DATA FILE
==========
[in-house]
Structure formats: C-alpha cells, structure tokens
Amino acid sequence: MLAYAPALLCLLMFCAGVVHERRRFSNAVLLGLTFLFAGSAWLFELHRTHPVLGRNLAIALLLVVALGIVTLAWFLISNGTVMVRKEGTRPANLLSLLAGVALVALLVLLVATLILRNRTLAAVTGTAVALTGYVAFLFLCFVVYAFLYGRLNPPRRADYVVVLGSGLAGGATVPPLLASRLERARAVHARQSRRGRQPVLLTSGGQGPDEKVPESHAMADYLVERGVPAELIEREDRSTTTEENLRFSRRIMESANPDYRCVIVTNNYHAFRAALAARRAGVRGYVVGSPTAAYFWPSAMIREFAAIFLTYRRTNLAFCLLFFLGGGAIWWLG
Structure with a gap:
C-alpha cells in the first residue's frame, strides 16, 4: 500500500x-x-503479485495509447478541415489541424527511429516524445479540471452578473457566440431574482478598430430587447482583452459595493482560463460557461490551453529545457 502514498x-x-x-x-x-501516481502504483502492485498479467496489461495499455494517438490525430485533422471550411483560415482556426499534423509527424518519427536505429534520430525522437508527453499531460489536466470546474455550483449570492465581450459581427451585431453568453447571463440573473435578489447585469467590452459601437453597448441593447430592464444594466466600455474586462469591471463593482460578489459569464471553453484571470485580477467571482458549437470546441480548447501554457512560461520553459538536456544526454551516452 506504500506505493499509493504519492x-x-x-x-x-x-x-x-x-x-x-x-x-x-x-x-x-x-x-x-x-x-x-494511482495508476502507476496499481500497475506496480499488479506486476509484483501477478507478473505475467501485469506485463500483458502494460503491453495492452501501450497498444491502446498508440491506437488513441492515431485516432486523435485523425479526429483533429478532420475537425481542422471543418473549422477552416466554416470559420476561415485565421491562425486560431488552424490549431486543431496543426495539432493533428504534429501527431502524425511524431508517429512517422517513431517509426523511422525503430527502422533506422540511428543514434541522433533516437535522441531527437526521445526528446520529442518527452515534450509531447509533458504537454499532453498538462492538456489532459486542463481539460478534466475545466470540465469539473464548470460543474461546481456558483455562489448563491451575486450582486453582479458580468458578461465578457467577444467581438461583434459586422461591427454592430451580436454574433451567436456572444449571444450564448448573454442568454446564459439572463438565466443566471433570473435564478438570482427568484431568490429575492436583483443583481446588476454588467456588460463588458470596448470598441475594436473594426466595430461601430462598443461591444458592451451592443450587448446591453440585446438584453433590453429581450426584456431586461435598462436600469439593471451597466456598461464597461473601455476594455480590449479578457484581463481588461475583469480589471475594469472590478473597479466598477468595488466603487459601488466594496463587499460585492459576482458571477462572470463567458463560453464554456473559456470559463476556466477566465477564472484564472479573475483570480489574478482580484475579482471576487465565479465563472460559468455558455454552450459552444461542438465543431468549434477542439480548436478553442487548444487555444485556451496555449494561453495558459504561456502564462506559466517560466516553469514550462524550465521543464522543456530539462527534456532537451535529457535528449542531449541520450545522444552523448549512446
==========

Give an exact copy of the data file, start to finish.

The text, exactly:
[in-house]
Structure formats: C-alpha cells, structure tokens
Amino acid sequence: MLAYAPALLCLLMFCAGVVHERRRFSNAVLLGLTFLFAGSAWLFELHRTHPVLGRNLAIALLLVVALGIVTLAWFLISNGTVMVRKEGTRPANLLSLLAGVALVALLVLLVATLILRNRTLAAVTGTAVALTGYVAFLFLCFVVYAFLYGRLNPPRRADYVVVLGSGLAGGATVPPLLASRLERARAVHARQSRRGRQPVLLTSGGQGPDEKVPESHAMADYLVERGVPAELIEREDRSTTTEENLRFSRRIMESANPDYRCVIVTNNYHAFRAALAARRAGVRGYVVGSPTAAYFWPSAMIREFAAIFLTYRRTNLAFCLLFFLGGGAIWWLG
Structure with a gap:
C-alpha cells in the first residue's frame, strides 16, 4: 500500500x-x-503479485495509447478541415489541424527511429516524445479540471452578473457566440431574482478598430430587447482583452459595493482560463460557461490551453529545457 502514498x-x-x-x-x-501516481502504483502492485498479467496489461495499455494517438490525430485533422471550411483560415482556426499534423509527424518519427536505429534520430525522437508527453499531460489536466470546474455550483449570492465581450459581427451585431453568453447571463440573473435578489447585469467590452459601437453597448441593447430592464444594466466600455474586462469591471463593482460578489459569464471553453484571470485580477467571482458549437470546441480548447501554457512560461520553459538536456544526454551516452 506504500506505493499509493504519492x-x-x-x-x-x-x-x-x-x-x-x-x-x-x-x-x-x-x-x-x-x-x-494511482495508476502507476496499481500497475506496480499488479506486476509484483501477478507478473505475467501485469506485463500483458502494460503491453495492452501501450497498444491502446498508440491506437488513441492515431485516432486523435485523425479526429483533429478532420475537425481542422471543418473549422477552416466554416470559420476561415485565421491562425486560431488552424490549431486543431496543426495539432493533428504534429501527431502524425511524431508517429512517422517513431517509426523511422525503430527502422533506422540511428543514434541522433533516437535522441531527437526521445526528446520529442518527452515534450509531447509533458504537454499532453498538462492538456489532459486542463481539460478534466475545466470540465469539473464548470460543474461546481456558483455562489448563491451575486450582486453582479458580468458578461465578457467577444467581438461583434459586422461591427454592430451580436454574433451567436456572444449571444450564448448573454442568454446564459439572463438565466443566471433570473435564478438570482427568484431568490429575492436583483443583481446588476454588467456588460463588458470596448470598441475594436473594426466595430461601430462598443461591444458592451451592443450587448446591453440585446438584453433590453429581450426584456431586461435598462436600469439593471451597466456598461464597461473601455476594455480590449479578457484581463481588461475583469480589471475594469472590478473597479466598477468595488466603487459601488466594496463587499460585492459576482458571477462572470463567458463560453464554456473559456470559463476556466477566465477564472484564472479573475483570480489574478482580484475579482471576487465565479465563472460559468455558455454552450459552444461542438465543431468549434477542439480548436478553442487548444487555444485556451496555449494561453495558459504561456502564462506559466517560466516553469514550462524550465521543464522543456530539462527534456532537451535529457535528449542531449541520450545522444552523448549512446